The Law of Contact

Bob Baker

by Frank M. Roberts

Here's another look at one of yesterday's western stars. This one is lesser known, perhaps it's safe to say he is 'much lesser known' but he did get around so, what the hey, let's check on Bob Baker. (Sounds like an old quiz show emcee).

His father was a butcher, his mother a candlestick maker. (Dopey joke there somewhere). He was born - bless his cowpoke heart - on my birthday - Nov. 8 - several years before my year of 1928. His year was 1910. And, he was born in a state in which I spent many happy years - Iowa. The town was Forest City. According to his reliable birth certificate, his real name was Stanley Leland Weed. Gee, a Weed in Forest City. His one and only wife was Evelyn McCauley. They had four children.

Getting down to brass tacks (uncomfortable) - although his name is unfamiliar to anyone under 75 or 80, he made some interesting cowboy history. At 18, he joined the Army and, learned to play guitar.

As you know, when stories of 'B' westerns come up, Gene Autry is mentioned as the first singing cowboy on screen. Truth to tell, there were several before him. Many also followed including Bob Baker. His success as a film actor did come about as a result of the Autry success and, it was with a larger studio - Universal. He became that studio's answer to the draw of Autry at the box office.

And, get this: In 1937 he was chosen over seven singers - one of them - Roy Rogers. To begin with, young Baker became a working cowboy in Arizona and, when he was 16-years-old he became a major rodeo star. So, he was the real thing - impressive.

In 1929 he became known as 'Tumbleweed'. A year later, his singing career began. It was on radio station KTSM in El Paso. Later, he became a member of the WLS-Chicago famed National Barn Dance.

Wisely, Universal immediately starred their new 'find' in his first film with the delicious cowboy title, "Courage Of the West." Of course, he had to have a sidekick, and it was one of the best - ole Fuzzy Knight. And, there was a resident bad guy. That was ace badman, Harry Woods. Baker made six films for the big studio, before serving in the Army in WW2. As oft happens - after the war he was unable to get his film career back on track but, he stayed in uniform, entering law enforcement in Arizona. So, while others were 'play acting' at it, Mr. B was the real thing.

Nice to report - he received good reviews for his first effort. Altogether, he starred in a dozen films before suffering an injury which relegated him to second star status. One of the critics of those days described Baker as, "a good singer and passable actor." Nevertheless, fate was not in his favor. The studio gave him no decent support, and he was soon relegated to co-star status under Johnny Mack Brown - a tail kick to the ego.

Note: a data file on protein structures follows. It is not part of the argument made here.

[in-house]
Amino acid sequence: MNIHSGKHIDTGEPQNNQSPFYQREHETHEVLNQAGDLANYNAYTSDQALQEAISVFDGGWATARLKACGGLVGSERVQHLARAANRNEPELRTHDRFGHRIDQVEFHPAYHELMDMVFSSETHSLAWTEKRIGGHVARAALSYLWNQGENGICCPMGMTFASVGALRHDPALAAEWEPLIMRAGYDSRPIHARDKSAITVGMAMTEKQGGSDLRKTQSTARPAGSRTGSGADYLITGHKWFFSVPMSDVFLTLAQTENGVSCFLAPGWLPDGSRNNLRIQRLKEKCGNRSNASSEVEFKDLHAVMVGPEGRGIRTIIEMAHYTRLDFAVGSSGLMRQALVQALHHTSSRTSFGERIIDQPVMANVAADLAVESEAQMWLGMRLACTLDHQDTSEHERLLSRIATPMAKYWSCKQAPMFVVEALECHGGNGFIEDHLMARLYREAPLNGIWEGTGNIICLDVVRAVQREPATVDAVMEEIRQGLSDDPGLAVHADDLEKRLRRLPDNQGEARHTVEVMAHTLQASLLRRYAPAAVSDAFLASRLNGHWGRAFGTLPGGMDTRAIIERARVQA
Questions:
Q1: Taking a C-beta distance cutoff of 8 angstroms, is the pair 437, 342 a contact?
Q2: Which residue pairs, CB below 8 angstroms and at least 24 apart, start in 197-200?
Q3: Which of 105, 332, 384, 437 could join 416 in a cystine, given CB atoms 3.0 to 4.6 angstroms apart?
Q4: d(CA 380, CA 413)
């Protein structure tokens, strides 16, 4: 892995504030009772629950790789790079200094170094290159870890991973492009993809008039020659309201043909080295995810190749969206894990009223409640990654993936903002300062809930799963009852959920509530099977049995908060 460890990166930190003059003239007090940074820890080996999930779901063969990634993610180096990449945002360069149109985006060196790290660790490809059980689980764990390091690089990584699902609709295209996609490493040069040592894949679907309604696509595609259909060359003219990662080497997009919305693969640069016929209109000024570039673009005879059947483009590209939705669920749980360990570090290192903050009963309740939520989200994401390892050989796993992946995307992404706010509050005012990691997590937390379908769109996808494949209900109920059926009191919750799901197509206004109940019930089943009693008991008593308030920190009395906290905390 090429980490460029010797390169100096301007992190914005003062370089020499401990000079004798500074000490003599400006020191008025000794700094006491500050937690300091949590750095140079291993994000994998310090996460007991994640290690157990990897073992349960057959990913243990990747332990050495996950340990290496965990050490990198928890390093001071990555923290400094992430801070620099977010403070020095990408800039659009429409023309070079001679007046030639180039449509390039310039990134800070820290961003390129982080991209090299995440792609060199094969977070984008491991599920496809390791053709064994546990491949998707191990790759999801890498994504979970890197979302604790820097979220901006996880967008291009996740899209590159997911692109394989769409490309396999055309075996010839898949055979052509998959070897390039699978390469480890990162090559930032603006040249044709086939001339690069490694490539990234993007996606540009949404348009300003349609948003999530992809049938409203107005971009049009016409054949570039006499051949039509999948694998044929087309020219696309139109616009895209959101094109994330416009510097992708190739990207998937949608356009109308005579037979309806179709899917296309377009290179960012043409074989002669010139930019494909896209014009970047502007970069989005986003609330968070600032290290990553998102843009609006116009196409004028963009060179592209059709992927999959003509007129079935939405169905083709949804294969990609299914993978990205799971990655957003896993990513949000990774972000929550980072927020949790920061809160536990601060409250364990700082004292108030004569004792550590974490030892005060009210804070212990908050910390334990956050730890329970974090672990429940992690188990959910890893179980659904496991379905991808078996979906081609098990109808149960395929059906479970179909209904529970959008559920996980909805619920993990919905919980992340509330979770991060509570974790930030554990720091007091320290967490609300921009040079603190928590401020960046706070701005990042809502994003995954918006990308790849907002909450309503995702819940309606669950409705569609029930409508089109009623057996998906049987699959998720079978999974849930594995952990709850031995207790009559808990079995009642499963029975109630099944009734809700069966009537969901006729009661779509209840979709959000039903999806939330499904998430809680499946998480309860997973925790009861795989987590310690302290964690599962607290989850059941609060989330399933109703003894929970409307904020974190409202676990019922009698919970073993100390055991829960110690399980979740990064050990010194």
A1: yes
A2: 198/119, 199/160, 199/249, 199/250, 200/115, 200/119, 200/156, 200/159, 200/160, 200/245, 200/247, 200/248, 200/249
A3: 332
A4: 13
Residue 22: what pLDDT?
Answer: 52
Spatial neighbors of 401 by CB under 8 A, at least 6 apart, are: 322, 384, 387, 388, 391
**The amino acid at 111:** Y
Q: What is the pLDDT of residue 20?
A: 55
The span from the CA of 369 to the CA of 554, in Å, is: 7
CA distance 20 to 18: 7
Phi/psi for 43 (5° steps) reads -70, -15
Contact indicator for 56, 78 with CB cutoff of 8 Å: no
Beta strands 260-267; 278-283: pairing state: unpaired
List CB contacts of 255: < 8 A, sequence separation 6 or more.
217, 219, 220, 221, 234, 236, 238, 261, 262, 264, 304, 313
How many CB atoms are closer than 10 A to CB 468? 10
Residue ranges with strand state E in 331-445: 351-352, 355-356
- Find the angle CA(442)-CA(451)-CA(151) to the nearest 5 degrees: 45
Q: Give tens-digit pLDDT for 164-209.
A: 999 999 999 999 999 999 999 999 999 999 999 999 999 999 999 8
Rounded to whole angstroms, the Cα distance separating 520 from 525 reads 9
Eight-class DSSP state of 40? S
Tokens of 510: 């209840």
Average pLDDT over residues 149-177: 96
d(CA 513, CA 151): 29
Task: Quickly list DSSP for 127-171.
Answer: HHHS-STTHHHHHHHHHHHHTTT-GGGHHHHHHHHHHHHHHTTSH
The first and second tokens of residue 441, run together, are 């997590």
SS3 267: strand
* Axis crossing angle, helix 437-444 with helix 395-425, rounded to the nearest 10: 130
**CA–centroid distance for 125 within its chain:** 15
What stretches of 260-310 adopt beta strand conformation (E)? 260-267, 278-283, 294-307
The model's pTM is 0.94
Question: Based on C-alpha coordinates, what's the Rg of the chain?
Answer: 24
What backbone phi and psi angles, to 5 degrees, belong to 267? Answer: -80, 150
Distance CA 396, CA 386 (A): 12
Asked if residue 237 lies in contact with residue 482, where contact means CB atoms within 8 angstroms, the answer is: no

Oh, there was another critic. His "Courage Of the West" co-star, Lois January, let it be known that, "Bob Baker was too pretty!" (I always had that complaint). She added, "he was always nice, but didn't get friendly. He didn't want me to sing a song in his picture." (Not exactly a Rogers-Evans relationship.) "That business," she added knowingly, "is full of jealousy."

Despite all that, the 'Courage' movie was thought to be his best." The first critic I quoted added, "the others suffered from predictable plots (gee, in a western?) and poor scripts." He died in 1975.

Some of his films included (what else?) "Singing Outlaw," with Fuzzy, Joan Barclay, Harry Woods and, one, Carl Stockdale. Baker starred in "Courage Of the West," then traipsed along "Western Trails," with Franko Corsarro (who?) and Bob Burns (not the Arkansas hillbilly). Here's a title that would have to be changed in these days: "Black Bandit." Another flick was "Border Wolves," (not the whistling kind). Fuzzy again with Frank Campeau. (Who?). And, he starred in the 'epic-ly' titled, "Prairie Justice."

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And, as we like to do we get into a little history re: supporting players although, in this case, some would give Bob Steele a leading man status. A Pendleton, Oregon native he became a veteran of no less than 100 movies. That calls for a 'wow!' He attended grammar and high school in plush-y Glendale, Cal. Moments after h. s. graduation he was signed by F. B. O., making his debut in, "The Mojave Kid."

His next stop was Monogram, and the stop after that was Supreme which released the pix he made there under the Republic label. He was a popular guy and started making a new series with an independent company. That's when Republic put his name on their dotted line. He became one of the Three Mesquiteers - Tucson Smith.

Next stop - teevee, and that is where many of you will remember him. He was Trooper Duffy on one of the tube's funniest offerings, "F Troop."

Other movie roles included "Powder Smoke Range," and "Raiders Of the Range," and "The Kid Ranger." (Kinda like "Ole McDonald's Farm" - (here a range, there a range, etc.) There were also "The Law Rides," "Arizona Gunfighter," "Border Phantom," "Doomed At Sundown," "The Red Rope," "Blocked Trail," "Riders Of the Rio Grande," and "Santa Fe Scouts."

His first movie role? He and twin brother, Bill, did a comedy act with their dad at the tender age of two. The obvious title was, "The Adventures Of Bob and Bill." Gee, our hero got top billed over Bill. Bob Steele's last picture was in 1974, and it sounds like a winner: "Nightmare Honeymoon."

For a few years he was married to Virginia Neil Tatem. No children. For the record, he was probably moviedom's most abbreviated cowboy. Tall in the saddle, he wasn't. Height 5 feet, 5 inches. He could have been a cowboy munchkin in "The Wizard Of the Range."

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